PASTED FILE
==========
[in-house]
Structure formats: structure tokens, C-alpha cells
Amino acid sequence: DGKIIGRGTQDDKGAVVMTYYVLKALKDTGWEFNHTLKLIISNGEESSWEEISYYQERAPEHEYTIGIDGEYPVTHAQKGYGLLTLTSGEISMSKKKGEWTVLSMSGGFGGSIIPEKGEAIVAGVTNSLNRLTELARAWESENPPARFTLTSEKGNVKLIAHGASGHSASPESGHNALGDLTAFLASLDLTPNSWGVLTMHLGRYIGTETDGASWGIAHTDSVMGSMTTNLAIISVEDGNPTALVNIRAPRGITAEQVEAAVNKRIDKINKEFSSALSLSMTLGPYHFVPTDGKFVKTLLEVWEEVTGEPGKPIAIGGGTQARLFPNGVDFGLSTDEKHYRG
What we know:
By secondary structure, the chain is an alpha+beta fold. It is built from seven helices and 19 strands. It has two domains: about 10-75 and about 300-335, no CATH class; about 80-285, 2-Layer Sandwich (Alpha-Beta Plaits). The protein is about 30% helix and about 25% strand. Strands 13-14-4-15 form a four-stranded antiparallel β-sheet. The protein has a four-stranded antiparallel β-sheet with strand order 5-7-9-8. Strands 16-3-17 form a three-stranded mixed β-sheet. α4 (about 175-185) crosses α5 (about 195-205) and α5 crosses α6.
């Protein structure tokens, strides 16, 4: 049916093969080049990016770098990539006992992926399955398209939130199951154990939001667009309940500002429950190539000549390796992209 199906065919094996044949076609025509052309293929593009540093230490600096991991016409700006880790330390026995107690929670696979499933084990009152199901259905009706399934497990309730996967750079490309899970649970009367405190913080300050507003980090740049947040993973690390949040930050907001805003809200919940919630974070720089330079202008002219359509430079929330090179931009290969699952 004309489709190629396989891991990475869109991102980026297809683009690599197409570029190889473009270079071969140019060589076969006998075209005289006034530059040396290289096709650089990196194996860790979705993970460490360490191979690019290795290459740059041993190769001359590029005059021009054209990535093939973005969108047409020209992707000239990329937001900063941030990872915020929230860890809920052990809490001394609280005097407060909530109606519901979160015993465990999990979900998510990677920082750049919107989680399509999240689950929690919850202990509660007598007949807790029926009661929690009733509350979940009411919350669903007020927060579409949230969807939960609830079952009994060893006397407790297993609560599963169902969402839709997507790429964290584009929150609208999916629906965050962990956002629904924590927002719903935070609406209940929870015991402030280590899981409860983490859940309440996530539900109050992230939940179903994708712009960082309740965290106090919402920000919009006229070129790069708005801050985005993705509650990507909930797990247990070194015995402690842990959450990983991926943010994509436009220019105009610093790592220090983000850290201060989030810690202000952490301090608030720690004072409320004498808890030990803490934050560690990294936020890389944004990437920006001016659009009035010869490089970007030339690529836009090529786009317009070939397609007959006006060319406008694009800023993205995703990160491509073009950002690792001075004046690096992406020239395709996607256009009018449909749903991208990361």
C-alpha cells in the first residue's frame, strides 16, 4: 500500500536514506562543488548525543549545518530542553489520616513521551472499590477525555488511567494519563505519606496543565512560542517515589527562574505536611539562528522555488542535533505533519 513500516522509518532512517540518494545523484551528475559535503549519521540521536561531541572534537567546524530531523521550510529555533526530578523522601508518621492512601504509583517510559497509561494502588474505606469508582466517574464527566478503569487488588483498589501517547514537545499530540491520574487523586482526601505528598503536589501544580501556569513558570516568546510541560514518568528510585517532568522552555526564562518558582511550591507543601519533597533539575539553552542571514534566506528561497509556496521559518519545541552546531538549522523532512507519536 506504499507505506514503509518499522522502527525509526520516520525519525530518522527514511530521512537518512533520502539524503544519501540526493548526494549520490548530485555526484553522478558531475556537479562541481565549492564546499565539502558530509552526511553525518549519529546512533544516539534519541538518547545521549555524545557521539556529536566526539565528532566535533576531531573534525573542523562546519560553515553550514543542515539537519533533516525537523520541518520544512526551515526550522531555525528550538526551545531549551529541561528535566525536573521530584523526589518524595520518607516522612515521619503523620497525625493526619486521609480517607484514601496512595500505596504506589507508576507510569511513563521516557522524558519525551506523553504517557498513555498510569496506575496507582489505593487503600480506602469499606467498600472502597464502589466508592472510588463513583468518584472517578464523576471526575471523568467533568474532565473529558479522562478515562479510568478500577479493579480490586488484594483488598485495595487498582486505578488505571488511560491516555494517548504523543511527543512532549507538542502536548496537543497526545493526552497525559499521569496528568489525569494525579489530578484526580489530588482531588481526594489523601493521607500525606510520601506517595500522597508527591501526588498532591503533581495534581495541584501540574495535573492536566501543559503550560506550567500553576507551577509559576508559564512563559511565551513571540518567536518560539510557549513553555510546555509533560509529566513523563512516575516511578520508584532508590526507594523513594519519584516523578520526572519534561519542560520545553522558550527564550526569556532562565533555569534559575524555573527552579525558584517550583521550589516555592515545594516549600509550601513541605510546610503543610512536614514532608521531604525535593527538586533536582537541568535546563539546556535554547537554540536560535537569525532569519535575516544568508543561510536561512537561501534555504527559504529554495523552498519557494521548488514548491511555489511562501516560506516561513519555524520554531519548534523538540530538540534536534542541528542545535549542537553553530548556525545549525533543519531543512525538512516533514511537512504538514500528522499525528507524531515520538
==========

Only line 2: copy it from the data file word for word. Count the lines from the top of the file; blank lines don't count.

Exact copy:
Structure formats: structure tokens, C-alpha cells